But religious moral standards are slightly different. The foundation of religion's moral standards is directly the scriptures, and indirectly god, meaning "we follow the scriptures – god made the scriptures". In a religious point of view god is not capable of evil, but it's not that he's not capable of evil in a common sense of the word (or in a society point of view), is just that god can say what is evil and what is not. Wrath, for instance, is a capital sin on the christian belief, but when someone says "god's wrath" that's not a sin, it's justice. Therefore arguments of objective moral values that philosophers like William Lane Craig like to use to defend the moral argument are just not valid, because we can't know what's good or evil just by taking god as a role model for those things, because god can make evil be good and good be evil as well and we make god as we see fit. Religion is a moral shifting ground, nothing objective about it. At the moment a "truth" is revealed to a prophet and added to the scriptures, moral values can go one way or another, not to mention people can actually choose how they decide to interpret it. I believe that's why in chirstianity, for example, we have so different moral values from the old testament and the new testament. It's like "god changed his mind on the subject". That makes wrong wright, and wright wrong. Is it okay to murder an unbeliever? Depends on what god has to say about it. Nothing to do with increasing the chances of survival of the individuals on a society. Some of the "Meme" theory of Dawkins might explain it's shifting better.

 

This change in perspective does not necessarily follow society's moral standards, because they don't come from god or scripture, but from cultural aspects and the need to preserve a society where individuals can have the most chance of surviving. And I think that's exactly the point where the threat of religion becomes a problem; to atheists the society moral standards are at the top of the respect chain of command; but to theists, god's moral standards are above society's. And this gives room to a lot of things that might look imoral to someone who considers society's moral standards only, but they are good actions if you believe there is some higher moral standard.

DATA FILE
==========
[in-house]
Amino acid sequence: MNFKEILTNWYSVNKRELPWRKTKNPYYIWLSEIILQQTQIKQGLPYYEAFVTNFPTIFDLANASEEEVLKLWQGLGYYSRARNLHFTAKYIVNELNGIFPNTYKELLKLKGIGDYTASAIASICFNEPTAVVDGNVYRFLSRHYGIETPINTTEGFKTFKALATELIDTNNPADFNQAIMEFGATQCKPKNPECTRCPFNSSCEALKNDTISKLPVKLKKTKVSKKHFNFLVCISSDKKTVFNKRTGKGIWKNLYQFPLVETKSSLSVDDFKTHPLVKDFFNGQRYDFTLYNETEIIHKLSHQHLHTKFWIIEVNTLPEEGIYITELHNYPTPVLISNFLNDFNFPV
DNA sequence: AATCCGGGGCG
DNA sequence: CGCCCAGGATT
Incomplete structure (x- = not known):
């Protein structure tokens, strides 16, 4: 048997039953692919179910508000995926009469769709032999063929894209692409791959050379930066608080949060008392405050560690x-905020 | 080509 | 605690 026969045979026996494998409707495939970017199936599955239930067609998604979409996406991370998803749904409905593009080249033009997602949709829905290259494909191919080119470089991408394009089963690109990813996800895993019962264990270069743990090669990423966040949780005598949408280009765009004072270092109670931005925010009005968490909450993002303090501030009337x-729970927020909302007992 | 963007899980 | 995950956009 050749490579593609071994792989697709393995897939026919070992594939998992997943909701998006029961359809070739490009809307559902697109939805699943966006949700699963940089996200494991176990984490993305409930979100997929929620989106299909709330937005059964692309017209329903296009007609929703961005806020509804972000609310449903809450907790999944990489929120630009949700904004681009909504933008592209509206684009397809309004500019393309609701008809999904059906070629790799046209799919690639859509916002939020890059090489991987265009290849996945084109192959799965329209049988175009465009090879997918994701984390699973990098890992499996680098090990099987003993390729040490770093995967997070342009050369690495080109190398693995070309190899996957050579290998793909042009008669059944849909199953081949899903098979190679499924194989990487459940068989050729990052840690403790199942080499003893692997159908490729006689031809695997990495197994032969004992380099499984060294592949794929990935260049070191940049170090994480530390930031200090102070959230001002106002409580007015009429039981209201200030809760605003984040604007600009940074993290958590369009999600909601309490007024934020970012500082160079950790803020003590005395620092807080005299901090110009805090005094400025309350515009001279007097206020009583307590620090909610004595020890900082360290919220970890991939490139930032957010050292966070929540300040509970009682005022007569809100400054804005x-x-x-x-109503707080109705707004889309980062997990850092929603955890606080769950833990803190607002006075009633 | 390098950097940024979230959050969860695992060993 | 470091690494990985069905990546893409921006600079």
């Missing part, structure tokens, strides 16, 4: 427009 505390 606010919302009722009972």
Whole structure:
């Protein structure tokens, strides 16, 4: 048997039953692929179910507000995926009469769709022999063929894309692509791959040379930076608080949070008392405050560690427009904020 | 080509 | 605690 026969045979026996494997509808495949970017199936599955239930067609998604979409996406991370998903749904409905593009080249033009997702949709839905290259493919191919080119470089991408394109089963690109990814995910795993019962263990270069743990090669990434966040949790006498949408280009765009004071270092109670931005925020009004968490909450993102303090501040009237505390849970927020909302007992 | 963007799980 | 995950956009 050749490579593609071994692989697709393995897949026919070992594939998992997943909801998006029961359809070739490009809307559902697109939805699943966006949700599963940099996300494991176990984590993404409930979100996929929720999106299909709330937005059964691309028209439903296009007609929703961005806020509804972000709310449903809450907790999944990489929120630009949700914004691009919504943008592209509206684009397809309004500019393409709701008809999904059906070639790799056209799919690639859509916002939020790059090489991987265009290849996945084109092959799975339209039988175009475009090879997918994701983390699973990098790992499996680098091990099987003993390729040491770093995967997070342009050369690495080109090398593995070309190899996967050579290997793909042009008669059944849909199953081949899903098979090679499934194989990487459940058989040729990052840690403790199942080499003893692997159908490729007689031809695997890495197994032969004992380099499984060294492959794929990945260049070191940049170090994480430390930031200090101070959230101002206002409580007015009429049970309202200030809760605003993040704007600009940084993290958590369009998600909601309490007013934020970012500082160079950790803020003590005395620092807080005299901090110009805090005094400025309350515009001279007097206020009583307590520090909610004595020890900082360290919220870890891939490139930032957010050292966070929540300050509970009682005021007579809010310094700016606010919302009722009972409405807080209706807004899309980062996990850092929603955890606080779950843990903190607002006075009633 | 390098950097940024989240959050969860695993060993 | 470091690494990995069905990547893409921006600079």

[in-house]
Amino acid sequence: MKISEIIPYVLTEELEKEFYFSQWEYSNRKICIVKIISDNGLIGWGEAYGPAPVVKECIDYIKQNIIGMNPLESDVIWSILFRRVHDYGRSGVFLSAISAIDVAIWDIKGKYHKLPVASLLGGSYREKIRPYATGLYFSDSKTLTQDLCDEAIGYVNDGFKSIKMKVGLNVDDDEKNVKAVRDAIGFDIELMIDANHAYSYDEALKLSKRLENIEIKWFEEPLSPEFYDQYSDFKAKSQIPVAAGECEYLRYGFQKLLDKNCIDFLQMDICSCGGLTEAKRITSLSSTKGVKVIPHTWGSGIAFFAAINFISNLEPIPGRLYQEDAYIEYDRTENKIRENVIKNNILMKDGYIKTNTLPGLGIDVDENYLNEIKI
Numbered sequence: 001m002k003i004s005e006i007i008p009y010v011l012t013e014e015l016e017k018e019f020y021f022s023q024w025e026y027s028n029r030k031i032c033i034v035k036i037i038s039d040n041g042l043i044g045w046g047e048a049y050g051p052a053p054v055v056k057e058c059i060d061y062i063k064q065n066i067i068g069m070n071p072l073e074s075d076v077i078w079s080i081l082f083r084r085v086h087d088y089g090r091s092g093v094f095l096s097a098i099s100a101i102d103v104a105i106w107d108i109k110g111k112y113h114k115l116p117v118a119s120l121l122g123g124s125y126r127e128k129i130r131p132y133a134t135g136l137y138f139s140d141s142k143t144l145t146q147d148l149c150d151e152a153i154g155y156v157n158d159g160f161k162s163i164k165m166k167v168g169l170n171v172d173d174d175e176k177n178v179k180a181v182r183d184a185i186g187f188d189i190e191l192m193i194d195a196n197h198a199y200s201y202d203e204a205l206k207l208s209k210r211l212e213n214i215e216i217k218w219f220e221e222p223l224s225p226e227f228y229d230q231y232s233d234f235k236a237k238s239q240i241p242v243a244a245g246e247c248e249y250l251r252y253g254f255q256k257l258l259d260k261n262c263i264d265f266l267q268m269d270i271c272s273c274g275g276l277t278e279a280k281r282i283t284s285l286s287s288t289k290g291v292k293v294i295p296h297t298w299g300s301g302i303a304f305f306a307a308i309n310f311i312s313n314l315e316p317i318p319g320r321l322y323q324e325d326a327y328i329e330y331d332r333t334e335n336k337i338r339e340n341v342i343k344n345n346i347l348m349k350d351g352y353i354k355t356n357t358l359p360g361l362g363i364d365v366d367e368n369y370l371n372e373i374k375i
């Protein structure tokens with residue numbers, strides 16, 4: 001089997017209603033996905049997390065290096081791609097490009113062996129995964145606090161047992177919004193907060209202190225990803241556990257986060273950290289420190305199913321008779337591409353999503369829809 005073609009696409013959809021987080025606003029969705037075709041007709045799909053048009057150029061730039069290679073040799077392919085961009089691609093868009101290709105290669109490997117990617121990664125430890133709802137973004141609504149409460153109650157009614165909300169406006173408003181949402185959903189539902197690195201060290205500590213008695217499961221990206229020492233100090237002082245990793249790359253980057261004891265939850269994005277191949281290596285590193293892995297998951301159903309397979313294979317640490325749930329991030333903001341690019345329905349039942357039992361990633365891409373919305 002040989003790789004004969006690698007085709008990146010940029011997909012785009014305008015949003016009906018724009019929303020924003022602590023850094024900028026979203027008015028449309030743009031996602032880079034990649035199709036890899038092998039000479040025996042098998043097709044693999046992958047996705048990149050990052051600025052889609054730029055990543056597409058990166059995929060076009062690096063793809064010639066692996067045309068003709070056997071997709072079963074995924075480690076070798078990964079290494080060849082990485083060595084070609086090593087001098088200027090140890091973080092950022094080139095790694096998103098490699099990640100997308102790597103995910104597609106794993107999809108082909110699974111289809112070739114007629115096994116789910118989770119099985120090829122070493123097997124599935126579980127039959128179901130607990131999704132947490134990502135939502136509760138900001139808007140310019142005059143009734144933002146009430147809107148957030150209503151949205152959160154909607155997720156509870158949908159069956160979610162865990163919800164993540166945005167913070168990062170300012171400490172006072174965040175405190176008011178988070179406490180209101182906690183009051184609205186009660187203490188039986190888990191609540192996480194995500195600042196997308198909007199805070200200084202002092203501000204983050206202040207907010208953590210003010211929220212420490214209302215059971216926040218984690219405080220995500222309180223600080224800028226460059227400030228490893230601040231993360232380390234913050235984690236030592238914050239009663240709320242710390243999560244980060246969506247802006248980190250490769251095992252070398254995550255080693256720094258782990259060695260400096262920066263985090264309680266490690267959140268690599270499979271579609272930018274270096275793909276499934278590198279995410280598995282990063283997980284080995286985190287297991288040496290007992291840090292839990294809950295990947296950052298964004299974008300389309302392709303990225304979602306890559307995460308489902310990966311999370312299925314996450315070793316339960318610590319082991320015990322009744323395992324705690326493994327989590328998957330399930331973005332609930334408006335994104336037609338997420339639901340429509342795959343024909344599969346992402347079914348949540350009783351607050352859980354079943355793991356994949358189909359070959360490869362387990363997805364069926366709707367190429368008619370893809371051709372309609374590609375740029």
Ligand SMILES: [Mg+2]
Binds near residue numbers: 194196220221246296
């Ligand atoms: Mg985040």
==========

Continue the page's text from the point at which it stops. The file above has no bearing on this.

Religion is capable of so much imoral things because to religious people they are not imoral at all, because they come from a higher standard of morality. That's how you make a terrorist throw an airplane at the World Trade Center or blow himself up killing inoccent people with a clean conciousness. Other muslims might say they don't agree, that's not god's way, but it is one form of interpreting the scriptures. It would do no harm if society's moral standards were above religion's, but they're not.